Conservative wins Cyprus presidential poll
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Conservative leader Nicos Anastasiades won the presidency of Cyprus on Sunday, beating his left-wing rival by a comfortable 15-point margin, and immediately pledged to secure a bailout deal for the crisis-stricken island.
Cypriot conservative leader Nicos Anastasiades won an overwhelming victory in a presidential run-off election on Sunday, boosting hopes of a swift financial rescue for the near-bankrupt island nation.
Eight months of inconclusive talks on a bailout package have turned tiny Cyprus into a big headache for the euro zone, triggering fears the island could plunge into a financial meltdown that reignites the bloc’s debt crisis.
Anastasiades, who immediately pledged to hammer out a quick deal with foreign lenders and bring Cyprus closer to Europe, took 57.5 percent of the vote, 15 points ahead of his Communist-backed rival Stavros Malas, who campaigned against austerity.
“When facing great challenges, we want Europe by our side,” Anastasiades said in a statement. “On our part, we intend to be absolutely consistent and honour all our obligations.”
The decisive outcome showed a clear mandate from Cypriots for an aggressive, pro-bailout approach to resolving the nation’s financial quagmire, despite growing despondency over austerity measures that will have to accompany any such rescue.
Jubilant supporters waved flags, honked car horns and set off flares in Nicosia as the results came in. A sea of Greek flags packed an indoor stadium where Anastasiades - whose party is proud of its members’ ethnic Greek identity - was due to speak.
“It’s a triumph,” said Stefanos Stefanou, a 62-year-old pensioner as he stood outside Anastasiades’s campaign offices. “I won’t have the fear of losing my pension and benefits now, along with what we earned after working for 40 years.”
Financial markets had been hoping for an Anastasiades victory to speed up a joint rescue by the European Union and International Monetary Fund before the island runs out of cash and derails fragile confidence returning to the euro zone.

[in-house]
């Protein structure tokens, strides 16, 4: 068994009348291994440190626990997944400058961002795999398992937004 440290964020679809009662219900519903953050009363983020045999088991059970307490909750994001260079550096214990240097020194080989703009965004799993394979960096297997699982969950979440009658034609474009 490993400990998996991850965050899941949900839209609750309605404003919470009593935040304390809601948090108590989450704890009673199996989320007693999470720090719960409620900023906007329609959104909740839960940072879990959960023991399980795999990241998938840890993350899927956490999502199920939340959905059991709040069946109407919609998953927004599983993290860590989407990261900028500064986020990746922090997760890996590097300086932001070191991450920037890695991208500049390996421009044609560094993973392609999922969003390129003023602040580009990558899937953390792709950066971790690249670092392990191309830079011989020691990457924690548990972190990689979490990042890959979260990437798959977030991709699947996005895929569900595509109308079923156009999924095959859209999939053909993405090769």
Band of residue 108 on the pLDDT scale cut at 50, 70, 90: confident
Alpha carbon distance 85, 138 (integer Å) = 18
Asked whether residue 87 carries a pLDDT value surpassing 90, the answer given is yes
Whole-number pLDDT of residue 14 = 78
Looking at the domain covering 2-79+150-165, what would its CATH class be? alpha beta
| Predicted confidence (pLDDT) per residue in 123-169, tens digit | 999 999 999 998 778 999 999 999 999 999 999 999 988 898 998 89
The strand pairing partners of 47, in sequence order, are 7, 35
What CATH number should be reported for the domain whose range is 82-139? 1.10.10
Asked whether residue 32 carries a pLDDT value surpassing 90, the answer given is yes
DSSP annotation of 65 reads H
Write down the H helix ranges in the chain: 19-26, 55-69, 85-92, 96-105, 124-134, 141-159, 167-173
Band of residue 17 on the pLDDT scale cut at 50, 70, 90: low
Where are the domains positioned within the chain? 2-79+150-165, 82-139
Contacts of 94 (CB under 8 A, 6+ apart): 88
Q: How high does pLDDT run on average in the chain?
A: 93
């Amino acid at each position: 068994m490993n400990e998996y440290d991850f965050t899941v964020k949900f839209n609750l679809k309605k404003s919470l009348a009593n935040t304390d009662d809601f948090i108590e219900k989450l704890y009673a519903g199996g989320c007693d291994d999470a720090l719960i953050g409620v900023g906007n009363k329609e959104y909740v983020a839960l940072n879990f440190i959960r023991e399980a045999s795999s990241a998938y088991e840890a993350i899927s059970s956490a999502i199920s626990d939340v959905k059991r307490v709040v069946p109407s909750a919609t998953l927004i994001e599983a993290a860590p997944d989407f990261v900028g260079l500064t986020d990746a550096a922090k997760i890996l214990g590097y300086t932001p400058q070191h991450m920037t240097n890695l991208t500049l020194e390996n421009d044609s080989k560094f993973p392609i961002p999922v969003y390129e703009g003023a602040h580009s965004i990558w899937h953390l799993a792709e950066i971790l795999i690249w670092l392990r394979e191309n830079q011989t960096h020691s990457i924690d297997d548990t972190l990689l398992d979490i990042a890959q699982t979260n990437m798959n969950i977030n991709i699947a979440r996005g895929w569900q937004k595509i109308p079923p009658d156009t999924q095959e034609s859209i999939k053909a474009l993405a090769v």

Virtually all rescue options - from a bailout loan to a debt writedown or slapping losses on bank depositors - are proving unpalatable because they push Cypriot debt to unmanageable levels or risk hurting investor sentiment elsewhere in the bloc.
German misgivings about the nation’s commitment to fighting money-laundering and strong financial ties with Russia have further complicated the negotiations.
Anastasiades, a heavy smoker known for his no-nonsense style and who counts fellow conservative German Chancellor Angela Merkel among his contacts, has stressed his pro-European credentials stand him in better stead to seal a deal than the outgoing president, who is the EU’s last Communist leader.
In a clear shift with the policies of the outgoing government, Anastasiades said one of his first tasks would be to apply for Cypriot membership of the NATO-affiliated Partnership for Peace.
Cyprus’s Communist government has strongly objected to any NATO links, holding it responsible for what it says was a conspiracy to split the island in 1974.
“We need a government with weight that can talk to (EU) partners, that is cooperative, that can be heard and do what it pledges to do,” Christopher Pissarides, a Cypriot who won the Nobel prize in economics in 2010 told Reuters.
“We hadn’t been doing this until now. The most important thing is to signal our willingness to cooperate (with the EU).”
EU Commission president Jose Manuel Barroso said he spoke to Anastasiades after the victory and assured him that the bloc was committed to helping Cyprus overcoming its problems.
Sour national mood
Anastasiades takes the reins of a Mediterranean nation ravaged by its worst economic crisis in four decades, with unemployment at a record high of 15 percent. Pay cuts and tax hikes ahead of a bailout have further soured the national mood.
His most immediate task will be to appoint a finance minister who can convince Europeans to agree a swift bailout. It is likely to be Michael Sarris, a widely respected former World Bank economist who ushered Cyprus into the euro zone in 2008 as finance minister under a centre-left government.
European officials want a bailout agreed by the end of March, ensuring no honeymoon period for the new president, who will be sworn in on Feb. 28 and assume power on March 1.
Talks to rescue Nicosia have dragged on since June, after a Greek sovereign debt restructuring saddled its banks with losses. It is expected to need up to 17 billion euros in aid - about the size of its entire economy.
Anastasiades has suggested the island may even need a bridging loan to tide it over until a rescue is nailed down.
Turnout was lower than expected among the half a million Cypriots eligible to vote, with a high 19 percent abstention rate blamed on despondency at the country’s grim prospects.
Longstanding anger over the island’s 40-year-old division into the Greek-speaking south and Turkish north has been relegated to a distant second behind the country’s financial quagmire as an election issue this year.
“Cyprus has to move forward. We were prospering but in the last five years we started going backwards,” said Marios, an 18-year-old army conscript who declined to give his last name for fear of violating army rules.
“I hope Europe will show understanding and we shall not have starvation in Cyprus with policies like those in Greece, which made people resentful.”
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